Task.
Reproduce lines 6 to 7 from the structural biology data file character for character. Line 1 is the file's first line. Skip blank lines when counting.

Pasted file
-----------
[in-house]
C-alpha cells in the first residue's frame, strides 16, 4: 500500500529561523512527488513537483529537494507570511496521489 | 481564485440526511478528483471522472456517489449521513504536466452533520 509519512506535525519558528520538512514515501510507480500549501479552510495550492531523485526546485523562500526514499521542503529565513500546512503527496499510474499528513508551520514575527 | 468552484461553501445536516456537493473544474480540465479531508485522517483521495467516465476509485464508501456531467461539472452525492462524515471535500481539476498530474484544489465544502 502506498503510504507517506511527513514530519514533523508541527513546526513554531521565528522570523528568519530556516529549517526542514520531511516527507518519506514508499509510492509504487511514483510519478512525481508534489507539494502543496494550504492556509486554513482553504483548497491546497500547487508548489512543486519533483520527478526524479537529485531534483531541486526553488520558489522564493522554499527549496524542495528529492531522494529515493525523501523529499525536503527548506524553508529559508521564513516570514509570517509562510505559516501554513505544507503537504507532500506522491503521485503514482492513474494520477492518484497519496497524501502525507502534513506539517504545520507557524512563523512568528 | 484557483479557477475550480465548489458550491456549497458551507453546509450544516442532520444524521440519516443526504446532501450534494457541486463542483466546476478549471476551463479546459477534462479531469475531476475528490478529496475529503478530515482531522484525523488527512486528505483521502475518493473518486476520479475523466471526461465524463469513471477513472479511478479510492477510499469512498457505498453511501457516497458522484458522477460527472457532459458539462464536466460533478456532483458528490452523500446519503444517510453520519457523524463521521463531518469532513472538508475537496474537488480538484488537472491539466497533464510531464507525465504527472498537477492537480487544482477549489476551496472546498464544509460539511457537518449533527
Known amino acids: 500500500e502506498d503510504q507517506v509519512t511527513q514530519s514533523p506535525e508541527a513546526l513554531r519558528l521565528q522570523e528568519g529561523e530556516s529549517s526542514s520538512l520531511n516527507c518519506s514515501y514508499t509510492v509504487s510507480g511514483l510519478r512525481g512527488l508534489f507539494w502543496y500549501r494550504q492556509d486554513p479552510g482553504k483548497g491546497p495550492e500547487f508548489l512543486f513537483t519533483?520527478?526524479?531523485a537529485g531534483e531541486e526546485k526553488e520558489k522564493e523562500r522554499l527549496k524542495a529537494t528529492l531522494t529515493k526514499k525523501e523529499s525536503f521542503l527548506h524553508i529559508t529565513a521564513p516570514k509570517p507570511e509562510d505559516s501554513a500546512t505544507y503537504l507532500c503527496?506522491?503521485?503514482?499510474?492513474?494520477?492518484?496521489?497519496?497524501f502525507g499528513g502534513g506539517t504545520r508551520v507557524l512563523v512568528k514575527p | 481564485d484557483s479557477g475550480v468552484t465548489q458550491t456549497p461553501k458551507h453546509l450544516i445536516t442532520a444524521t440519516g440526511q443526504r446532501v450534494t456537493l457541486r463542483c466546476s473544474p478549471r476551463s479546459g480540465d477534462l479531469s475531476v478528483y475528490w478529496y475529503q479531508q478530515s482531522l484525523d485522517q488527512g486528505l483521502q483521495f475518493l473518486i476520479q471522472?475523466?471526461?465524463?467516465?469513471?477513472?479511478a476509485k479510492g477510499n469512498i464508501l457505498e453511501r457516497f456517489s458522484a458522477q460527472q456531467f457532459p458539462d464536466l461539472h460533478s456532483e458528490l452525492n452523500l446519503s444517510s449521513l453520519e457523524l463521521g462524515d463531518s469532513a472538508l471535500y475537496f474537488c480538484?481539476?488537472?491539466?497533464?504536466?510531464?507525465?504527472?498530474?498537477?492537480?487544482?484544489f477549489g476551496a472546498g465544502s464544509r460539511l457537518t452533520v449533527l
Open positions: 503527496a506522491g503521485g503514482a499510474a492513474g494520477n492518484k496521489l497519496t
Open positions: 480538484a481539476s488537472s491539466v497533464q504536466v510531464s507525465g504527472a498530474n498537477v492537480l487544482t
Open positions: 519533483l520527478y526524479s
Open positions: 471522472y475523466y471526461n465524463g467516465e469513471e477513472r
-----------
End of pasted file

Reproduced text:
Open positions: 519533483l520527478y526524479s
Open positions: 471522472y475523466y471526461n465524463g467516465e469513471e477513472r